As a young girl, my greatest role model was my maternal grandmother. We shared a love of cooking, math, and crossword puzzles. She was good at anything she put her mind to, and made me feel that I could do the same. I thought about being a teacher, but my practical grandmother suggested that a better opportunity for a rewarding career and family might be in accounting—after all, I could do people’s income taxes from home if I decided to have a baby. She was ahead of her time and progressive in her thinking, instilling in me a belief that balancing a career and a family would be possible if I tried. So, I took an accounting course in high school and got hooked.

I loved college, but ironically the only course I didn’t excell in was taxes. However, my passion for accounting drove me to become a CPA and join a public practice. The firm had a large presence in financial services. This became my niche until I worked on a prominent acquisition. It was in this role that I became adept at mergers and acquisitions (M&A).

When I was offered a job with GE Capital to help the company grow through acquisitions, my professional world at that time—accounting, financial services, M&A, and a desire to teach—remarkably came together. While my grandmother died that year, I was fortunate to have her long enough for her to bless my decision to join a great company.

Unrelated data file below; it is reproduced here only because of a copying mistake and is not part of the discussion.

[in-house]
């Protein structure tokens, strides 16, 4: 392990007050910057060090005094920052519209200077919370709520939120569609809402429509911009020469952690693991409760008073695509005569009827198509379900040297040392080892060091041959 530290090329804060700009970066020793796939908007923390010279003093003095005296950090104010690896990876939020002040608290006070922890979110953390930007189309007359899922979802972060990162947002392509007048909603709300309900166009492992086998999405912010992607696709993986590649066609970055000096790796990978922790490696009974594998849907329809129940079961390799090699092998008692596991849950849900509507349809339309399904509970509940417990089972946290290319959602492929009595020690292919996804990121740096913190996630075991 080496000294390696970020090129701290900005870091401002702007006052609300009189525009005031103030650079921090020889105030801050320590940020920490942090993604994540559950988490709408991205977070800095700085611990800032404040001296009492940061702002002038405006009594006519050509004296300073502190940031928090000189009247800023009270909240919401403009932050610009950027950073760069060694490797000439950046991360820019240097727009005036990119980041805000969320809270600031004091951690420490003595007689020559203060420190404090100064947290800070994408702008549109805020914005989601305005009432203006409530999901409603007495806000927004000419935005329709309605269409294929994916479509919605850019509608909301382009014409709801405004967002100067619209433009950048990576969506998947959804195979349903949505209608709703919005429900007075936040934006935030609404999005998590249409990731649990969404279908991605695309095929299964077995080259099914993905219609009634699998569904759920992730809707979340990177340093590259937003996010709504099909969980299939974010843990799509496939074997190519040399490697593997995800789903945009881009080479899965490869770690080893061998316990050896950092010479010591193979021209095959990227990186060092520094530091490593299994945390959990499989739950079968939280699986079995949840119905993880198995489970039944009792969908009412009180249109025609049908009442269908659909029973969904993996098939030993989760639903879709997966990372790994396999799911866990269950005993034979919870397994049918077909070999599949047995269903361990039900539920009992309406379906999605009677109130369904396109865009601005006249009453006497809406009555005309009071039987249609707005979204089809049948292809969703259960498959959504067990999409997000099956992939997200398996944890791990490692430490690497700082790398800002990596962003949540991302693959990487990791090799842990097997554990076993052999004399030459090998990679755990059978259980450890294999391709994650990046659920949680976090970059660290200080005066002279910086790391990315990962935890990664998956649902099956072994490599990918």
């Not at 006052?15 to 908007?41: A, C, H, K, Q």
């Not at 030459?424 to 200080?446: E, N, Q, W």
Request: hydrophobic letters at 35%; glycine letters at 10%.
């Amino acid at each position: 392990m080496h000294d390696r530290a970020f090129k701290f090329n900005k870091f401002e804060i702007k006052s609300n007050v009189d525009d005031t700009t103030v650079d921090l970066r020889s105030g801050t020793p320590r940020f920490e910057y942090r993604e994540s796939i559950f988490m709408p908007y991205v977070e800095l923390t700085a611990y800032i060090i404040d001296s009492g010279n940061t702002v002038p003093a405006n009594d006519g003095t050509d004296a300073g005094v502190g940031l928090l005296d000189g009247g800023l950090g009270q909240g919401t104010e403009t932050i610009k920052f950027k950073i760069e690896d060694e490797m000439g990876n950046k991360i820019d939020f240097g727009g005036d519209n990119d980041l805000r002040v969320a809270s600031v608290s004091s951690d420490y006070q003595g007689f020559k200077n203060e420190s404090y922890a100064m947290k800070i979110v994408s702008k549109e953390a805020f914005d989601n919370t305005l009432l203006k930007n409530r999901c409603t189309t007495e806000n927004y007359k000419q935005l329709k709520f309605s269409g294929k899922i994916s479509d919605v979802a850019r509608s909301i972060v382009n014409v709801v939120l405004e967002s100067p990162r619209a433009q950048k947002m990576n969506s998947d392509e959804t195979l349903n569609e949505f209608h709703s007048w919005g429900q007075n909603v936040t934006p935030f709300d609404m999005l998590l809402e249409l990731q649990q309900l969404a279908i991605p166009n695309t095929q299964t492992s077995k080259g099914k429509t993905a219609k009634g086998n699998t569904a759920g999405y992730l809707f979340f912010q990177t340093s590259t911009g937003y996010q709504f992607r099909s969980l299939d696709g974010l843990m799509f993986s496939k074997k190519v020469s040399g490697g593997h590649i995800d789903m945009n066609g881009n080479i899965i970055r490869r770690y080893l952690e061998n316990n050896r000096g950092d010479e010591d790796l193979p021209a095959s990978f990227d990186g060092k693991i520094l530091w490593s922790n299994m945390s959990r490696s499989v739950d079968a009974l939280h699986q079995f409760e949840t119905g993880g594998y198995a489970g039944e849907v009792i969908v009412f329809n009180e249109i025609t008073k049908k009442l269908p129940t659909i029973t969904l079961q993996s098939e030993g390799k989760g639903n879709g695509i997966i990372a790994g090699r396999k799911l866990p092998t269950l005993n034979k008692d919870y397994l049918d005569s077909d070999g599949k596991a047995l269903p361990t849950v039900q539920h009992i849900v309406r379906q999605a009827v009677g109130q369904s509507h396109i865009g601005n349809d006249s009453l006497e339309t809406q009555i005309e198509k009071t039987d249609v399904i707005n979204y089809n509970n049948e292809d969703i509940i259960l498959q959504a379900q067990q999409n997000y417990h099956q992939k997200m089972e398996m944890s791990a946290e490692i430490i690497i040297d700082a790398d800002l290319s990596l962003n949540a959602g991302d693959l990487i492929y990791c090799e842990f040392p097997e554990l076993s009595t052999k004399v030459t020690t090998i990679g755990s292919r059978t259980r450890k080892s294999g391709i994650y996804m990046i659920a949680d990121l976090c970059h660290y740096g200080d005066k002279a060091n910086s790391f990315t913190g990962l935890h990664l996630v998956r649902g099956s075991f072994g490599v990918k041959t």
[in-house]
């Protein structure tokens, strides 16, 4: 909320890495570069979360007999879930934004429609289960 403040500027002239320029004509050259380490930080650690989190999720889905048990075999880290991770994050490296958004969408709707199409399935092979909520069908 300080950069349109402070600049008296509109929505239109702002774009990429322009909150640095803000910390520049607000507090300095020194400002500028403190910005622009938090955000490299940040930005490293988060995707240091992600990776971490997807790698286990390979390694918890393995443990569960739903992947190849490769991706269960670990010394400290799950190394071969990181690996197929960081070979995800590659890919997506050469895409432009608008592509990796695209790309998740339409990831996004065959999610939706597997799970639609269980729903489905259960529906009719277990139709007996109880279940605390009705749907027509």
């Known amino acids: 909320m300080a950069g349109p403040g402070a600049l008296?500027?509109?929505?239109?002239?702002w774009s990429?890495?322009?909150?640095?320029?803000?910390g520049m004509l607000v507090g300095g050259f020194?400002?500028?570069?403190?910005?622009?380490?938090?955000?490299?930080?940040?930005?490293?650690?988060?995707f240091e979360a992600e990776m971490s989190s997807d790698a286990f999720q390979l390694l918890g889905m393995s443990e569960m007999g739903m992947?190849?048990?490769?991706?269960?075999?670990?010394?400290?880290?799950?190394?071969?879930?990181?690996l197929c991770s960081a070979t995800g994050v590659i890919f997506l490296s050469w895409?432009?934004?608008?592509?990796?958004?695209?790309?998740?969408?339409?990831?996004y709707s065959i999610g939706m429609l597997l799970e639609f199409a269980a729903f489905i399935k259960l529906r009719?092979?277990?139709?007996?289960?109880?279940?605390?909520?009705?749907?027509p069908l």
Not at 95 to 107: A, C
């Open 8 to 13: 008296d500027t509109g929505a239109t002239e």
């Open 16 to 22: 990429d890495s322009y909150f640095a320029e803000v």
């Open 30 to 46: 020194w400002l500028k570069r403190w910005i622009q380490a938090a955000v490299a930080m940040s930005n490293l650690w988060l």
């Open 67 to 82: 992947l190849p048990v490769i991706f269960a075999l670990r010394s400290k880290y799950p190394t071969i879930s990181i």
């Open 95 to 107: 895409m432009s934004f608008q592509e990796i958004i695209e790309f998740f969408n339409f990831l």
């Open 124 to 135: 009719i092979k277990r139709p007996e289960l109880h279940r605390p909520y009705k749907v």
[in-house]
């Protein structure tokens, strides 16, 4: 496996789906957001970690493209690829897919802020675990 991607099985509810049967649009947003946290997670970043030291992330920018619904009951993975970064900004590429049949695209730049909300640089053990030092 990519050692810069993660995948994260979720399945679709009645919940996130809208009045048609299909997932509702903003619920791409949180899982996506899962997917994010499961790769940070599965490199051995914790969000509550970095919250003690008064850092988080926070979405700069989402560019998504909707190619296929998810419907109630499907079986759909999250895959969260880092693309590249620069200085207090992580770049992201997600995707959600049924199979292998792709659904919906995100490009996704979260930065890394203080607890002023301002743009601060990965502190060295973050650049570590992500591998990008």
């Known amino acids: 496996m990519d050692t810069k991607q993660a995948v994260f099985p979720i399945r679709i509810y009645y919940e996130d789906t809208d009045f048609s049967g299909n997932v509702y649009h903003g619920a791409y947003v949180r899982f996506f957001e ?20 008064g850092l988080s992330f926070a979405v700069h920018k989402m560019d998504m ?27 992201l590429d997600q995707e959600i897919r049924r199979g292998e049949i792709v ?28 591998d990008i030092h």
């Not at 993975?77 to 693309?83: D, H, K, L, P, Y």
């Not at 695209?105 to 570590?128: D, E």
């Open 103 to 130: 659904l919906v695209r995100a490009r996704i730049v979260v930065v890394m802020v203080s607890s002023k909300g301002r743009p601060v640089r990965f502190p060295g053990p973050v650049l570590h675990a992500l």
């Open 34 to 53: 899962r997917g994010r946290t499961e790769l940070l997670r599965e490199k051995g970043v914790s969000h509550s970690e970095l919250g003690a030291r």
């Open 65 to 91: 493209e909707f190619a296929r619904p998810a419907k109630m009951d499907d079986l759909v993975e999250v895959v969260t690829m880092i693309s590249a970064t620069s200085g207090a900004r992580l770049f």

I was now teaching, learning, and experiencing what it meant to lead people. I led finance, sales, and operational teams. Building expertise in each area was like adding tools to a giant financial services toolbox. I began leveraging my leadership skills more than my accounting background and discovered that leading teams was what motivated me.

Career progression into different disciplines is possible if you pivot, rather than dramatically shift directions. For me, leadership was the pivot point. If you are willing to continually learn and evolve, using your strengths can help you experience new areas.

Pivoting into new areas is not without obstacles and I have faced many challenges in my career. I have my own family now, and I work hard at maintaining balance in my life. Finding balance, like being a leader, is deliberate. My grandmother was right—balance is possible with prioritization and help.

How has education affected your career?

It instilled a passion for continuous learning.

What does it take to succeed and stay competitive in your position/field?

It takes a commitment to continuously learn, evolve, and change.

What advice would you give young women building/preparing for a career?

Don’t be afraid to take the difficult job that no one else wants. I made a career out of tackling challenging areas less desired by my peers.